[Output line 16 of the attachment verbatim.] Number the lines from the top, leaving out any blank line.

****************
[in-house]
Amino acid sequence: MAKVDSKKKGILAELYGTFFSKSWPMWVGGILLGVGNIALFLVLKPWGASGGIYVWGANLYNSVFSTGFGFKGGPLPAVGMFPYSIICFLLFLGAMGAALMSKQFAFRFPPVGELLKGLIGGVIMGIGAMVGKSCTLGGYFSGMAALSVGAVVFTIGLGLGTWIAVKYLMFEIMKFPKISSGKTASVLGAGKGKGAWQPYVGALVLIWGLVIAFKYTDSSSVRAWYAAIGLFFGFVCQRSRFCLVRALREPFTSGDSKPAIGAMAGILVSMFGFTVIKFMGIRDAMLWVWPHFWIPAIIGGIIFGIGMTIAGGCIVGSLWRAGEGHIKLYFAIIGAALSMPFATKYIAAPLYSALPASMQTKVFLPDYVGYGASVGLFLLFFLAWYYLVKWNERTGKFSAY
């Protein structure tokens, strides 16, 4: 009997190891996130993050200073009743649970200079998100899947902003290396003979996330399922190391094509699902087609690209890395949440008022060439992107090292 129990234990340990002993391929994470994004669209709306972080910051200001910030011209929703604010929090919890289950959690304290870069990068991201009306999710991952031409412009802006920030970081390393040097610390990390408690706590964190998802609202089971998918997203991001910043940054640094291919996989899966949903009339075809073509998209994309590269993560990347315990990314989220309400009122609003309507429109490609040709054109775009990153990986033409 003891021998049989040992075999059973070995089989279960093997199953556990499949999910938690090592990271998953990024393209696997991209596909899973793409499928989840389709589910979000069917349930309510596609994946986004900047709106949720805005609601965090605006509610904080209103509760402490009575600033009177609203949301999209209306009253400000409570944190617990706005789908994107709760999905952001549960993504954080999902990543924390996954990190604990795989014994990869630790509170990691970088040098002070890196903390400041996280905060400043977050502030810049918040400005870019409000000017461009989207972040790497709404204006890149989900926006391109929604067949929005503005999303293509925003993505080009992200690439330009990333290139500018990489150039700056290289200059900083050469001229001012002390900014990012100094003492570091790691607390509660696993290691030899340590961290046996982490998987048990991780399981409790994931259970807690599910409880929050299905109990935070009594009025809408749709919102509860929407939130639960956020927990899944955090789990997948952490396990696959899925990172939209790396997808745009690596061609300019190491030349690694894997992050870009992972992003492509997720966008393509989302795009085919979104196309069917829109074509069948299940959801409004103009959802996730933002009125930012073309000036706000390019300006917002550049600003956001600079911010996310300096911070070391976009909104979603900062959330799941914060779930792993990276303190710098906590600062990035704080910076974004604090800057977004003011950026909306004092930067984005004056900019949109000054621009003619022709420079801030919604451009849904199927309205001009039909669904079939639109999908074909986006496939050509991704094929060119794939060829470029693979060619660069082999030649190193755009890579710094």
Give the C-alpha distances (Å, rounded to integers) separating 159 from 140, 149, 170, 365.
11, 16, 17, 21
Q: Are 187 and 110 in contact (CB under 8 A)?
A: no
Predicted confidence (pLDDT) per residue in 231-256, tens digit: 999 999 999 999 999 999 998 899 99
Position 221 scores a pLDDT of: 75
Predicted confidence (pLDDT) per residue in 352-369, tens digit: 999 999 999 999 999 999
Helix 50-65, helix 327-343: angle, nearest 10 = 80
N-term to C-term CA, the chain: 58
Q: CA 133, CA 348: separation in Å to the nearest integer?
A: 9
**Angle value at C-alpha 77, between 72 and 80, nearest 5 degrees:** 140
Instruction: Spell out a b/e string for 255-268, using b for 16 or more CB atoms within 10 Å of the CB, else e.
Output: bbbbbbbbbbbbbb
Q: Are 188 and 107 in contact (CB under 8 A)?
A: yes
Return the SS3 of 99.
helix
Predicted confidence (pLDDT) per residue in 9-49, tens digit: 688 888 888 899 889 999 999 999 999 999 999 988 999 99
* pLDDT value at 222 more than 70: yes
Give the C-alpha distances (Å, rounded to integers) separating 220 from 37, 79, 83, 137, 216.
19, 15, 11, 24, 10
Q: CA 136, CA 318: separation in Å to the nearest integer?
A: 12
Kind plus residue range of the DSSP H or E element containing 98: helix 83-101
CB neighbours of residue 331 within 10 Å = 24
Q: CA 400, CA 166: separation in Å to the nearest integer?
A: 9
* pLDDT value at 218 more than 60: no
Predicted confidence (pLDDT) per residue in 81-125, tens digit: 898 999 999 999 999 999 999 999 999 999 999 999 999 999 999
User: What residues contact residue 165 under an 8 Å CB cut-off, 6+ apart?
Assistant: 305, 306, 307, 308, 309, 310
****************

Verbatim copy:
Instruction: Spell out a b/e string for 255-268, using b for 16 or more CB atoms within 10 Å of the CB, else e.